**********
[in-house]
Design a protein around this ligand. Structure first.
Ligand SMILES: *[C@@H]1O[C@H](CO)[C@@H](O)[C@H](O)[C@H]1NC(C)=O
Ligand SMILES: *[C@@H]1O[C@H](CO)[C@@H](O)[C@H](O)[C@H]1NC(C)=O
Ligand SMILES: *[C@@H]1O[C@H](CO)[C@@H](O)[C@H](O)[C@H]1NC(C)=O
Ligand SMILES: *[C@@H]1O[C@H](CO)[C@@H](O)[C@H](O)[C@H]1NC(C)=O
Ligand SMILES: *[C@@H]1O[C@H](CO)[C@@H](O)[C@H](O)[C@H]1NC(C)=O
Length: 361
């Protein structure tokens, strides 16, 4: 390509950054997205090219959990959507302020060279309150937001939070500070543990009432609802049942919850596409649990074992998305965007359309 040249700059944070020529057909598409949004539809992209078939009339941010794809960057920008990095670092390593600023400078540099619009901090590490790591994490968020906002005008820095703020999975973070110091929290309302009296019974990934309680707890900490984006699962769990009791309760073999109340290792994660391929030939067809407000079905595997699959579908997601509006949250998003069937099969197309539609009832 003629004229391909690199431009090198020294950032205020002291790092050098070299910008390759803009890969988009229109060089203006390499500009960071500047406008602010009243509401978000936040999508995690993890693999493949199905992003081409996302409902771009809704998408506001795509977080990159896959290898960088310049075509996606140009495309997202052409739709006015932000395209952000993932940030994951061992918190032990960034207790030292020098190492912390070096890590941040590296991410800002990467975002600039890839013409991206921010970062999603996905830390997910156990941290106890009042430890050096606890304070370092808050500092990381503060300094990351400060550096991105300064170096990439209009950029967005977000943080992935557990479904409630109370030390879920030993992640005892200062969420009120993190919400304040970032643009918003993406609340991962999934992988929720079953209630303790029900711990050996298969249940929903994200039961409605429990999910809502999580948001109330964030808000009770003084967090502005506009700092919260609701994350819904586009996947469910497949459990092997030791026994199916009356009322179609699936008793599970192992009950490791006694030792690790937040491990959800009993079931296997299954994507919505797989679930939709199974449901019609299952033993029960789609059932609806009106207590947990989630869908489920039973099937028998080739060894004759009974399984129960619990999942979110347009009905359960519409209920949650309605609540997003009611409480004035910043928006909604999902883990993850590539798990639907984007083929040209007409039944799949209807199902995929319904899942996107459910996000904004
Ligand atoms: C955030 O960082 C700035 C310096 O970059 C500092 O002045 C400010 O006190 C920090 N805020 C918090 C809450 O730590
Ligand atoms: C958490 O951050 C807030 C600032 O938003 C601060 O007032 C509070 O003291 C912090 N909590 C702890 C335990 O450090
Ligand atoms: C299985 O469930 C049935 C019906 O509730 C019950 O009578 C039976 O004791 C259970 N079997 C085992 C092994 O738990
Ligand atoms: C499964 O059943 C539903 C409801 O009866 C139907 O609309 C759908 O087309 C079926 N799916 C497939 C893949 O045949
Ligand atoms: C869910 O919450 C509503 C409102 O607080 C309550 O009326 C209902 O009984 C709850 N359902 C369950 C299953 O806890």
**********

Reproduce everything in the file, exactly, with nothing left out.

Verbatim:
[in-house]
Design a protein around this ligand. Structure first.
Ligand SMILES: *[C@@H]1O[C@H](CO)[C@@H](O)[C@H](O)[C@H]1NC(C)=O
Ligand SMILES: *[C@@H]1O[C@H](CO)[C@@H](O)[C@H](O)[C@H]1NC(C)=O
Ligand SMILES: *[C@@H]1O[C@H](CO)[C@@H](O)[C@H](O)[C@H]1NC(C)=O
Ligand SMILES: *[C@@H]1O[C@H](CO)[C@@H](O)[C@H](O)[C@H]1NC(C)=O
Ligand SMILES: *[C@@H]1O[C@H](CO)[C@@H](O)[C@H](O)[C@H]1NC(C)=O
Length: 361
């Protein structure tokens, strides 16, 4: 390509950054997205090219959990959507302020060279309150937001939070500070543990009432609802049942919850596409649990074992998305965007359309 040249700059944070020529057909598409949004539809992209078939009339941010794809960057920008990095670092390593600023400078540099619009901090590490790591994490968020906002005008820095703020999975973070110091929290309302009296019974990934309680707890900490984006699962769990009791309760073999109340290792994660391929030939067809407000079905595997699959579908997601509006949250998003069937099969197309539609009832 003629004229391909690199431009090198020294950032205020002291790092050098070299910008390759803009890969988009229109060089203006390499500009960071500047406008602010009243509401978000936040999508995690993890693999493949199905992003081409996302409902771009809704998408506001795509977080990159896959290898960088310049075509996606140009495309997202052409739709006015932000395209952000993932940030994951061992918190032990960034207790030292020098190492912390070096890590941040590296991410800002990467975002600039890839013409991206921010970062999603996905830390997910156990941290106890009042430890050096606890304070370092808050500092990381503060300094990351400060550096991105300064170096990439209009950029967005977000943080992935557990479904409630109370030390879920030993992640005892200062969420009120993190919400304040970032643009918003993406609340991962999934992988929720079953209630303790029900711990050996298969249940929903994200039961409605429990999910809502999580948001109330964030808000009770003084967090502005506009700092919260609701994350819904586009996947469910497949459990092997030791026994199916009356009322179609699936008793599970192992009950490791006694030792690790937040491990959800009993079931296997299954994507919505797989679930939709199974449901019609299952033993029960789609059932609806009106207590947990989630869908489920039973099937028998080739060894004759009974399984129960619990999942979110347009009905359960519409209920949650309605609540997003009611409480004035910043928006909604999902883990993850590539798990639907984007083929040209007409039944799949209807199902995929319904899942996107459910996000904004
Ligand atoms: C955030 O960082 C700035 C310096 O970059 C500092 O002045 C400010 O006190 C920090 N805020 C918090 C809450 O730590
Ligand atoms: C958490 O951050 C807030 C600032 O938003 C601060 O007032 C509070 O003291 C912090 N909590 C702890 C335990 O450090
Ligand atoms: C299985 O469930 C049935 C019906 O509730 C019950 O009578 C039976 O004791 C259970 N079997 C085992 C092994 O738990
Ligand atoms: C499964 O059943 C539903 C409801 O009866 C139907 O609309 C759908 O087309 C079926 N799916 C497939 C893949 O045949
Ligand atoms: C869910 O919450 C509503 C409102 O607080 C309550 O009326 C209902 O009984 C709850 N359902 C369950 C299953 O806890």